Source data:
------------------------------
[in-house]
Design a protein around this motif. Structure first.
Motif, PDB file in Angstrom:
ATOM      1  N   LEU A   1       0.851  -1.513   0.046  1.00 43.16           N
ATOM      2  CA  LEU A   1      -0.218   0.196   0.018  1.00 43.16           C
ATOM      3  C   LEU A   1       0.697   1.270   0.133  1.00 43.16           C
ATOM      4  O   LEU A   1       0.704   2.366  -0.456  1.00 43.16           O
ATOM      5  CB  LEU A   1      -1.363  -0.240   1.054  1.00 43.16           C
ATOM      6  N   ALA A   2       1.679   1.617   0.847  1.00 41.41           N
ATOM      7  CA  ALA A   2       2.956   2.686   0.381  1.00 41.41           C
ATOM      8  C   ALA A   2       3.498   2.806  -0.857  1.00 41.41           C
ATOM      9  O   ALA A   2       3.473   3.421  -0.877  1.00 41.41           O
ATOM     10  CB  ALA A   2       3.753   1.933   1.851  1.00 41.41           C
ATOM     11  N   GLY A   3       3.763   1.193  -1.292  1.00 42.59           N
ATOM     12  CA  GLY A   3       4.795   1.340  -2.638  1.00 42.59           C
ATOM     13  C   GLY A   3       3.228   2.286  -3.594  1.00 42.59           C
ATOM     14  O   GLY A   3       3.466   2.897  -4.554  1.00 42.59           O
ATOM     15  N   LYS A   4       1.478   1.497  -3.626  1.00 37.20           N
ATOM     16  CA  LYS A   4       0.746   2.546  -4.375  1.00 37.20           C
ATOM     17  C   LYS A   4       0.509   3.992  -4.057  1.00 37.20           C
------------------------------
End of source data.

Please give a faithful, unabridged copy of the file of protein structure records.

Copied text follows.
[in-house]
Design a protein around this motif. Structure first.
Motif, PDB file in Angstrom:
ATOM      1  N   LEU A   1       0.851  -1.513   0.046  1.00 43.16           N
ATOM      2  CA  LEU A   1      -0.218   0.196   0.018  1.00 43.16           C
ATOM      3  C   LEU A   1       0.697   1.270   0.133  1.00 43.16           C
ATOM      4  O   LEU A   1       0.704   2.366  -0.456  1.00 43.16           O
ATOM      5  CB  LEU A   1      -1.363  -0.240   1.054  1.00 43.16           C
ATOM      6  N   ALA A   2       1.679   1.617   0.847  1.00 41.41           N
ATOM      7  CA  ALA A   2       2.956   2.686   0.381  1.00 41.41           C
ATOM      8  C   ALA A   2       3.498   2.806  -0.857  1.00 41.41           C
ATOM      9  O   ALA A   2       3.473   3.421  -0.877  1.00 41.41           O
ATOM     10  CB  ALA A   2       3.753   1.933   1.851  1.00 41.41           C
ATOM     11  N   GLY A   3       3.763   1.193  -1.292  1.00 42.59           N
ATOM     12  CA  GLY A   3       4.795   1.340  -2.638  1.00 42.59           C
ATOM     13  C   GLY A   3       3.228   2.286  -3.594  1.00 42.59           C
ATOM     14  O   GLY A   3       3.466   2.897  -4.554  1.00 42.59           O
ATOM     15  N   LYS A   4       1.478   1.497  -3.626  1.00 37.20           N
ATOM     16  CA  LYS A   4       0.746   2.546  -4.375  1.00 37.20           C
ATOM     17  C   LYS A   4       0.509   3.992  -4.057  1.00 37.20           C